elsestatements
                     of the Case clauses.

Notes




        Dani Vainstein
                                           VBScript Basics             Page 26 of 52
   daniva1968@hotmail.com
 Chapter 03                  Scripting Quicktest Professional              Page 27



       Any number of Case clauses can be included in the Select Case statement.
       If a match between testexpression and any part of expressionlist is found,
       the program statements following the matched expressionlist are executed.
       When program execution encounters the next Case clause or the End
       Select clause, execution continues with the statement immediately
       following the End Select clause.
       Both expressionlist and testexpression must be a valid expression that can
       consist of one or more of the following: a literal value, a variable, an
       arithmetic or comparison operator, or the value returned by an intrinsic or
       user-defined function.
       If used, the Case Else clause must be the last Case clause. Program
       execution encounters the Case Else clause, and thereby executes, the
       elsestatements—only if all other expressionlist comparisons fail.
       Select Case statements can also be nested, resulting in a successful match
       between testexpression and expressionlist being another Select Case
       statement.
Tips
       The Select Case statement is the VBA/VBScript equivalent of the Switch
       construct found in C and C++.
       The Case Else clause is optional. However, as with If...Then...Else
       statements, it's often good practice to provide a Case Else to catch the
       exceptional instance when, perhaps unexpectedly, a match can't be found in
       any of the expressionlists you have provided.
       If testexpression satisfies more than one expressionlist comparison, only the
       code in the first is executed.
       A Select Case structure works with a single testexpression that is
       evaluated once, at the top of the structure. The result of the testexpression
       is then compared with the values for each Case in the structure.
       The Select Case structure provides an alternative to If...Then...ElseIf for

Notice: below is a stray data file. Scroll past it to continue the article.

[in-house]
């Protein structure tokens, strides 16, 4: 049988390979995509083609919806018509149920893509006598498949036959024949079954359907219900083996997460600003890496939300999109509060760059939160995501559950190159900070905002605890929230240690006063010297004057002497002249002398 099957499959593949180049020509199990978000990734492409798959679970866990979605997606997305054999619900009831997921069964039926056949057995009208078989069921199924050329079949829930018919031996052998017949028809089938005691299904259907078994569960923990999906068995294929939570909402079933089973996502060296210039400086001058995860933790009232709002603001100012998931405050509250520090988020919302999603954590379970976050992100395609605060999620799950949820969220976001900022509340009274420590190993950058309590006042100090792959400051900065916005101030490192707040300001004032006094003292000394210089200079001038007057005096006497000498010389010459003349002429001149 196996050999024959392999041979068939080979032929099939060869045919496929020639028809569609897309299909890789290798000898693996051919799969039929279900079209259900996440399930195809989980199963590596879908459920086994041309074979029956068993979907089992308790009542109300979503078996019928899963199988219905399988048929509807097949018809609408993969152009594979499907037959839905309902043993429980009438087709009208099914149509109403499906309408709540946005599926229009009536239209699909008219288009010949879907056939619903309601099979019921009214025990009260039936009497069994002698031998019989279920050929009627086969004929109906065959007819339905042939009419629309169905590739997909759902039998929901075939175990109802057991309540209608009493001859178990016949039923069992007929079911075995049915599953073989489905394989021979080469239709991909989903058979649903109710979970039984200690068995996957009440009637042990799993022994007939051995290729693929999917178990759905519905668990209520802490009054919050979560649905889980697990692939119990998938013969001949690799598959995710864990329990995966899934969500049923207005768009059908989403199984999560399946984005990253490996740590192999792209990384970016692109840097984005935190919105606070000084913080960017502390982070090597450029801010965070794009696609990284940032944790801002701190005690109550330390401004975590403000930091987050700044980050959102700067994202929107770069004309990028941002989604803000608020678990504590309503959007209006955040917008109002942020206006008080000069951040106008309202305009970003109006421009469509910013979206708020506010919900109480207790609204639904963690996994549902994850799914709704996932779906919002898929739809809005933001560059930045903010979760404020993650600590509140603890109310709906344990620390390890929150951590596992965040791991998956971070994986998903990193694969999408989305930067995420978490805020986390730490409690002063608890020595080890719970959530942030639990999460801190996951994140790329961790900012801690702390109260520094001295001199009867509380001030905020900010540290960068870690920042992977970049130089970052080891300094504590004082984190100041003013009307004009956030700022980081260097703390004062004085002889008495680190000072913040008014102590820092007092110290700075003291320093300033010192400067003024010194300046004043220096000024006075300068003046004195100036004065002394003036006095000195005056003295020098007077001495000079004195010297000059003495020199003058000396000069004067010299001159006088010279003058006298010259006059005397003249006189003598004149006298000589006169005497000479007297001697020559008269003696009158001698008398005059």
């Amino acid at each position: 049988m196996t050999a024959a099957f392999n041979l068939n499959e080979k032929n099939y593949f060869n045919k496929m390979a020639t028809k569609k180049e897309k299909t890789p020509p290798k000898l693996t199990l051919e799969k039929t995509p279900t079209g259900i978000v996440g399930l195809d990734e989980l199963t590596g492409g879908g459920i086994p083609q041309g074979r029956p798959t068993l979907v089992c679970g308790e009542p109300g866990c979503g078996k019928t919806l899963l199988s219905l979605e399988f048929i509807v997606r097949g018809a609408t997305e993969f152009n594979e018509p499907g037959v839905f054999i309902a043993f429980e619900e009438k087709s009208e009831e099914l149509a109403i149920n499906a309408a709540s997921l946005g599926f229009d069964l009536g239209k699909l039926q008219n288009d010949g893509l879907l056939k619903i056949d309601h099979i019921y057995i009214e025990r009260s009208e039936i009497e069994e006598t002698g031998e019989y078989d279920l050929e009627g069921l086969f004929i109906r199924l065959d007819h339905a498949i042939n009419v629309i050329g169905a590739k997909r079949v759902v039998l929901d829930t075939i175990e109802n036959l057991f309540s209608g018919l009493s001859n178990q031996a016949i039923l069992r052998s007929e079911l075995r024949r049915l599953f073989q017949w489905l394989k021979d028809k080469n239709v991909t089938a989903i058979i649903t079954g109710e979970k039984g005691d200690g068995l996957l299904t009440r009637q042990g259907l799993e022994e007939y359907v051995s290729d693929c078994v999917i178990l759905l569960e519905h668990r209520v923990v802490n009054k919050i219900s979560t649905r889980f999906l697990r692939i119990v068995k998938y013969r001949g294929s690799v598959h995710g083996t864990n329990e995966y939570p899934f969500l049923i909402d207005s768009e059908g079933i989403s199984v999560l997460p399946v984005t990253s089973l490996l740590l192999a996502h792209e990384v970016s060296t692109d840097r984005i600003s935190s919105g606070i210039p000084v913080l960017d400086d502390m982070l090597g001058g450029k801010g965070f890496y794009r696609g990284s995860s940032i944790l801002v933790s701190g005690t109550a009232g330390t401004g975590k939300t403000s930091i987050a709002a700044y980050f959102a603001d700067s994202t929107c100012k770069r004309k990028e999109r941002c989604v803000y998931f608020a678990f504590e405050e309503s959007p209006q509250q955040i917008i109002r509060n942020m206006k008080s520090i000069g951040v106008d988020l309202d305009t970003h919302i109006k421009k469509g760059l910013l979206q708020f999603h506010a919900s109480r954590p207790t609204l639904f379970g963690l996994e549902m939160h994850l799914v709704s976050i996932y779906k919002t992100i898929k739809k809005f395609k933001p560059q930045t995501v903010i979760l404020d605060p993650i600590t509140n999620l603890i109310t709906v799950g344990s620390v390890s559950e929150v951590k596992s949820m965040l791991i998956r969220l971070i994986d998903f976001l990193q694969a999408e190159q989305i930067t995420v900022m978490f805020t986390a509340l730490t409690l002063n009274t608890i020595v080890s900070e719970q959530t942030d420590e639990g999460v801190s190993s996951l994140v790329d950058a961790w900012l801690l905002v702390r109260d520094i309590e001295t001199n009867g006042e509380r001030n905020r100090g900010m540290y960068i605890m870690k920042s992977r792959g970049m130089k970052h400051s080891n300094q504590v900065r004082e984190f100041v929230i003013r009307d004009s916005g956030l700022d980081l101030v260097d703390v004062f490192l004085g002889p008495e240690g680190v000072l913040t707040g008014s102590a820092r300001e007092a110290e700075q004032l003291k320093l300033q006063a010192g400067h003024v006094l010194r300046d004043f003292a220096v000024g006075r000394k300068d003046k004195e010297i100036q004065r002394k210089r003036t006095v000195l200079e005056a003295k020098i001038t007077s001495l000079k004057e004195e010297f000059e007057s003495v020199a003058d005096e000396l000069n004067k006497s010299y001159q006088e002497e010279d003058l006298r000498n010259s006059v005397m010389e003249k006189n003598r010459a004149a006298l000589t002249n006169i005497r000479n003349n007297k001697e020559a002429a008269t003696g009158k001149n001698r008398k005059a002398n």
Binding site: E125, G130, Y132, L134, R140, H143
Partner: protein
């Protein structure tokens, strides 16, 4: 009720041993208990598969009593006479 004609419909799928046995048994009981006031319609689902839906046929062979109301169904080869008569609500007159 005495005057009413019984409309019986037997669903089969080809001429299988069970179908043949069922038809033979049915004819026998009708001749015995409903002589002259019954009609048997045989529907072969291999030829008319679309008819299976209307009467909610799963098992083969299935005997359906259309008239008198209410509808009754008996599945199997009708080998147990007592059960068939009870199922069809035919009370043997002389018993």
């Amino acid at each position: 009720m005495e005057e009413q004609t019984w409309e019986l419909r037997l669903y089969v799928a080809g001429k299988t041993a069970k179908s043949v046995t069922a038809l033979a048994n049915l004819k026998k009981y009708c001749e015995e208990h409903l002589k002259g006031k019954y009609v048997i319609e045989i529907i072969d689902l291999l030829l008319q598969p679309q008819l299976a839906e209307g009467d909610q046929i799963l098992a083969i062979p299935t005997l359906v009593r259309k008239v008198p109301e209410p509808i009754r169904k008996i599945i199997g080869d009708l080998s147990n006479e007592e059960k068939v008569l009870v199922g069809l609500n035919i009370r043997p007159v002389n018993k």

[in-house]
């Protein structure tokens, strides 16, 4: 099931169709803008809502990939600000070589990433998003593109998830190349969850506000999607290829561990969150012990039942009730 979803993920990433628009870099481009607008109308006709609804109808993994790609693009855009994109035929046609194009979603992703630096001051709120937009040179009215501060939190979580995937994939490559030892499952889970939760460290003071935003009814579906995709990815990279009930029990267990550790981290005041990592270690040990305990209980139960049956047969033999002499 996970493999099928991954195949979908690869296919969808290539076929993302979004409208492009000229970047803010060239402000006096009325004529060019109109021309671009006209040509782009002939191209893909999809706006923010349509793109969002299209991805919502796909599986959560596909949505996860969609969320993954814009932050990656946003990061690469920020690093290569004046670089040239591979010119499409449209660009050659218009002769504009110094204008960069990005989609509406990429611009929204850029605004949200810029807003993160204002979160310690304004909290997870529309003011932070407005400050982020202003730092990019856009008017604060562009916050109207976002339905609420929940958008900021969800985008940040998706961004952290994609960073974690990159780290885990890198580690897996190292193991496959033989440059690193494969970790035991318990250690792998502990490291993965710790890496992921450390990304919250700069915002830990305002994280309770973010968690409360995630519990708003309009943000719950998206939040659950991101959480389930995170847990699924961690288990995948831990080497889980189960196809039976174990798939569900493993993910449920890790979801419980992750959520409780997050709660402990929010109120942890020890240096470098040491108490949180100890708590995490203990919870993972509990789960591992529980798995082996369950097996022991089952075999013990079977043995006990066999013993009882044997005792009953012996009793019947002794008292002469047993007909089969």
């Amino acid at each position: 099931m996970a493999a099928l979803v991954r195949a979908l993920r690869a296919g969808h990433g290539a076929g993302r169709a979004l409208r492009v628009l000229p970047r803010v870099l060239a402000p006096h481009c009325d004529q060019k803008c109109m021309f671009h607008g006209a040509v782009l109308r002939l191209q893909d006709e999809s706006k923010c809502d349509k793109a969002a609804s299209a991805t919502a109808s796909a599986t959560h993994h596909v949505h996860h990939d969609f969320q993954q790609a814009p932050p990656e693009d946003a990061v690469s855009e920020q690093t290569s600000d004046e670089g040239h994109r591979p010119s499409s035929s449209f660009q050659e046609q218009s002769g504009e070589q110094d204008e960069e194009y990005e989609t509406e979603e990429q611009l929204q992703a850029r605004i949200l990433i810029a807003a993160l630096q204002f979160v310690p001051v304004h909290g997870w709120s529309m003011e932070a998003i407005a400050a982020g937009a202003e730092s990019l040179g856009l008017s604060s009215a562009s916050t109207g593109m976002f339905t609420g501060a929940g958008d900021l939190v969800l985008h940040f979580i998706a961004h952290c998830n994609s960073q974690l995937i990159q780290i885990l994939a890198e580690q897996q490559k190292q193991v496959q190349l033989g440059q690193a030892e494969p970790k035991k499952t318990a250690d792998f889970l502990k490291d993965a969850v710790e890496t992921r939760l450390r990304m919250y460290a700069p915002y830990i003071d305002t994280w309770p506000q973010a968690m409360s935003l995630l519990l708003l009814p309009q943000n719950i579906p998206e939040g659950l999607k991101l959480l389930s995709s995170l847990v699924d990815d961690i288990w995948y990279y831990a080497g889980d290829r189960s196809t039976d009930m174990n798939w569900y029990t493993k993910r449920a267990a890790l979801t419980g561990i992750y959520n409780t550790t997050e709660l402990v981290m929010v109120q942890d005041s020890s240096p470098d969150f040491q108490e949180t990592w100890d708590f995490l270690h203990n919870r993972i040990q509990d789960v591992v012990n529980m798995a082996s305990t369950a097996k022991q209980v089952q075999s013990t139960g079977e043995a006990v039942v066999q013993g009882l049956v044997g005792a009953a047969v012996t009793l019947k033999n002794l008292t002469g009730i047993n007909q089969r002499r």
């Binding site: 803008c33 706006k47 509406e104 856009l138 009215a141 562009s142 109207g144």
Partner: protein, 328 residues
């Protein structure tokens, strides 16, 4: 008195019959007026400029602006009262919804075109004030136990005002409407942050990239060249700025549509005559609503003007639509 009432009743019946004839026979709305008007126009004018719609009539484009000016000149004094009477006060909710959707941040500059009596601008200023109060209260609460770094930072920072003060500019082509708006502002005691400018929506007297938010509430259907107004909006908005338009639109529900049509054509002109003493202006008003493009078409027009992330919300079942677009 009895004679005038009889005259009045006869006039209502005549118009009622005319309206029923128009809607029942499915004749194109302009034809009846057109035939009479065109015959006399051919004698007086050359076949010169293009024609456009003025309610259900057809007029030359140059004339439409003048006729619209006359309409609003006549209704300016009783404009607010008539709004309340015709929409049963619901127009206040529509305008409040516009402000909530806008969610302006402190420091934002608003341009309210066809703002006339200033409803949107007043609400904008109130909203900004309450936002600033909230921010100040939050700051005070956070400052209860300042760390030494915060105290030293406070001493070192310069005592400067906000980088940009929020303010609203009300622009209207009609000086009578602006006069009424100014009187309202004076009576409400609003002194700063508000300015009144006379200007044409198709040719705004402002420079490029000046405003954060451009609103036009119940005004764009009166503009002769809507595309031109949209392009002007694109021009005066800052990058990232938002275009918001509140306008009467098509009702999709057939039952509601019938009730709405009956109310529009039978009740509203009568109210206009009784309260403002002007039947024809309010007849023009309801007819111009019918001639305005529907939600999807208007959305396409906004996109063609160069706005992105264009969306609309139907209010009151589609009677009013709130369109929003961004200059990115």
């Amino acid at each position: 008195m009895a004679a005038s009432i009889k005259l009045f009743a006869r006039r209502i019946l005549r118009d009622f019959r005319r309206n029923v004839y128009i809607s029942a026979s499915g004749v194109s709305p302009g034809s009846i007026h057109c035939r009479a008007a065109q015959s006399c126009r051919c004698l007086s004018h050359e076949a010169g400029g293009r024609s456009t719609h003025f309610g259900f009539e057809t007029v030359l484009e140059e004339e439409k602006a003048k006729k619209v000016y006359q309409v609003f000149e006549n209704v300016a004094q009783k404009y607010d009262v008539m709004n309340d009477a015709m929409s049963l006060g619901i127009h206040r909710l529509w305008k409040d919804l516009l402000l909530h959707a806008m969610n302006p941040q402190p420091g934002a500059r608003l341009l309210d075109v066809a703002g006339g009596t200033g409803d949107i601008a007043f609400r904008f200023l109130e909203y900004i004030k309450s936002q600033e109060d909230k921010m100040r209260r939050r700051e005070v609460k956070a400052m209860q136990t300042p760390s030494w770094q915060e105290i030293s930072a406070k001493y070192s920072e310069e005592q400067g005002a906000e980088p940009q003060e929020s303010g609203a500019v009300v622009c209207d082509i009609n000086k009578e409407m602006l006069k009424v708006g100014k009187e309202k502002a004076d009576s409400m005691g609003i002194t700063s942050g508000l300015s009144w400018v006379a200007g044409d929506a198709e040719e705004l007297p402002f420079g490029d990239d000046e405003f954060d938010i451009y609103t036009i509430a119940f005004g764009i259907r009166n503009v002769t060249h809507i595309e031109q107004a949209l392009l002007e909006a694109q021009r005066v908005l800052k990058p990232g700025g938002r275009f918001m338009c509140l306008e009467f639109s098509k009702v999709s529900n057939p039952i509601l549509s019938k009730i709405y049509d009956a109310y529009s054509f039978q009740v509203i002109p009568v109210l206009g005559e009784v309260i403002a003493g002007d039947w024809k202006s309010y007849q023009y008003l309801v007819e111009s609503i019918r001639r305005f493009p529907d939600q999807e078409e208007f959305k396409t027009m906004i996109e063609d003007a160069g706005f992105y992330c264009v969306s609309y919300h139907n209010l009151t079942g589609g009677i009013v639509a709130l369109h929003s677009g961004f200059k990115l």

selectively executing one block of statements from among multiple blocks of
       statements.
       A Select Case statement provides capability similar to the If...Then...Else
       statement, but it makes code more efficient and readable. Select Case
       structure is defined as follows:
  Select Case expression
  Case exp-1
     ...this is the code    that executes if exp-1 matches expression
  Case exp-2, exp-3
     ...this is the code    that executes if exp-2 or exp-3 matches expression
  Case exp-4
     ...this is the code    that executes if exp-4 matches expression
      .
      .
      .
  Case Else
     ...this is the code    that executes if none matches expression
  End Select


        Dani Vainstein
                                         VBScript Basics          Page 27 of 52
   daniva1968@hotmail.com
  Chapter 03                  Scripting Quicktest Professional              Page 28



 Example
    The following example uses Select Case to read a variable populated by the
    user and determine the name of the user's operating system:
    Select Case Left(Environment.Value("OSVersion"), 1)
      Case 1 :    varOSDesc = "Windows NT"
      Case 2 :    varOSDesc = "Windows 98"
      Case 3 :    varOSDesc = "Windows 95"
      Case 4 :    varOSDesc = "Windows 3.11"
      Case 5 :    varOSDesc = "Windows 2000"
      Case 6 :    varOSDesc = "Windows ME"
      Case 7 :    varOSDesc = "Windows XP"
      Case Else : varOSDesc = "OS is unknown"
    End Select


Using Control Structures to Make Code Repeat

 On occasion, you will need to write code that repeats some set of statements.
 Oftentimes, this will occur when you need to perform some calculation over and
 over or when you have to apply the same calculations or processing to more than
 one variable, such as changing the values in an array. This section shows you all
 the control structures you can use in VBScript to control code in your program
 that repeats.
 Looping allows you to run a group of statements repeatedly. Some loops repeat
 statements until a condition is False; others repeat statements until a condition is
 True. There are also loops that repeat statements a specific number of times.
 The following looping statements are available in VBScript:
    Do...Loop: Loops while or until a condition is True.
    While...Wend: Loops while a condition is True.
    For...Next: Uses a counter to run statements a specified number of times.
    For Each...Next: Repeats a group of statements for each item in a collection or
    each element of an array.

Using For...Next Statement

 Description
    Defines a loop that executes a given number of times, as determined by a loop
    counter. To use the For...Next loop, you must assign a numeric value to a
    counter variable. This counter is either incremented or decremented
    automatically with each iteration of the loop. In the For statement, you specify
    the value that is to be assigned to the counter initially and the maximum value
    the counter will reach for the block of code to be executed. The Next statement
    marks the end of the block of code that is to execute repeatedly, and also
    serves as a kind of flag that indicates the counter variable is to be modified.
 Syntax



         Dani Vainstein
                                          VBScript Basics          Page 28 of 52
    daniva1968@hotmail.com
 Chapter 03                     Scripting Quicktest Professional                Page 29